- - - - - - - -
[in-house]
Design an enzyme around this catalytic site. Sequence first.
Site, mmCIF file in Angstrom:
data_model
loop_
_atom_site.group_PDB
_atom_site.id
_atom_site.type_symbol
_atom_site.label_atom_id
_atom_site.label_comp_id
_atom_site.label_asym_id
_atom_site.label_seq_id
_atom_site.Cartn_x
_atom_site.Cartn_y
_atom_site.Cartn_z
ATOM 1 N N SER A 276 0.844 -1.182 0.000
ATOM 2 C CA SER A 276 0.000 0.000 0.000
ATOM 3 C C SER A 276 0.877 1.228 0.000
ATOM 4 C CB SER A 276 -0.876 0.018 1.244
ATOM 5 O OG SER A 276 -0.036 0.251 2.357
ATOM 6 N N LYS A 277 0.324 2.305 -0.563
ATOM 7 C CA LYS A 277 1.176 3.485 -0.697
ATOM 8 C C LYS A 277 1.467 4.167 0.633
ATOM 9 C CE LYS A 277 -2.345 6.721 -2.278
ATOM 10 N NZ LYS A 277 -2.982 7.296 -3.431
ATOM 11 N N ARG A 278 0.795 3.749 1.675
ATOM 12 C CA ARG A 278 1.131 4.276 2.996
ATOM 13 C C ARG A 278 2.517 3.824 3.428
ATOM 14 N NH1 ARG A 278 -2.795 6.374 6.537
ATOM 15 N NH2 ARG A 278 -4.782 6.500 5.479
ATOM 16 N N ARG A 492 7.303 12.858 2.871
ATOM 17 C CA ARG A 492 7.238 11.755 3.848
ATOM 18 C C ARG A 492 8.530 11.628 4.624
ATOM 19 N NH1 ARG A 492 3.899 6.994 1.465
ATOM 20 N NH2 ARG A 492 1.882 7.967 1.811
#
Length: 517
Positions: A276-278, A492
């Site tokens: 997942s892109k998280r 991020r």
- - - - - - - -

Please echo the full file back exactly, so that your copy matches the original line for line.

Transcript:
[in-house]
Design an enzyme around this catalytic site. Sequence first.
Site, mmCIF file in Angstrom:
data_model
loop_
_atom_site.group_PDB
_atom_site.id
_atom_site.type_symbol
_atom_site.label_atom_id
_atom_site.label_comp_id
_atom_site.label_asym_id
_atom_site.label_seq_id
_atom_site.Cartn_x
_atom_site.Cartn_y
_atom_site.Cartn_z
ATOM 1 N N SER A 276 0.844 -1.182 0.000
ATOM 2 C CA SER A 276 0.000 0.000 0.000
ATOM 3 C C SER A 276 0.877 1.228 0.000
ATOM 4 C CB SER A 276 -0.876 0.018 1.244
ATOM 5 O OG SER A 276 -0.036 0.251 2.357
ATOM 6 N N LYS A 277 0.324 2.305 -0.563
ATOM 7 C CA LYS A 277 1.176 3.485 -0.697
ATOM 8 C C LYS A 277 1.467 4.167 0.633
ATOM 9 C CE LYS A 277 -2.345 6.721 -2.278
ATOM 10 N NZ LYS A 277 -2.982 7.296 -3.431
ATOM 11 N N ARG A 278 0.795 3.749 1.675
ATOM 12 C CA ARG A 278 1.131 4.276 2.996
ATOM 13 C C ARG A 278 2.517 3.824 3.428
ATOM 14 N NH1 ARG A 278 -2.795 6.374 6.537
ATOM 15 N NH2 ARG A 278 -4.782 6.500 5.479
ATOM 16 N N ARG A 492 7.303 12.858 2.871
ATOM 17 C CA ARG A 492 7.238 11.755 3.848
ATOM 18 C C ARG A 492 8.530 11.628 4.624
ATOM 19 N NH1 ARG A 492 3.899 6.994 1.465
ATOM 20 N NH2 ARG A 492 1.882 7.967 1.811
#
Length: 517
Positions: A276-278, A492
């Site tokens: 997942s892109k998280r 991020r």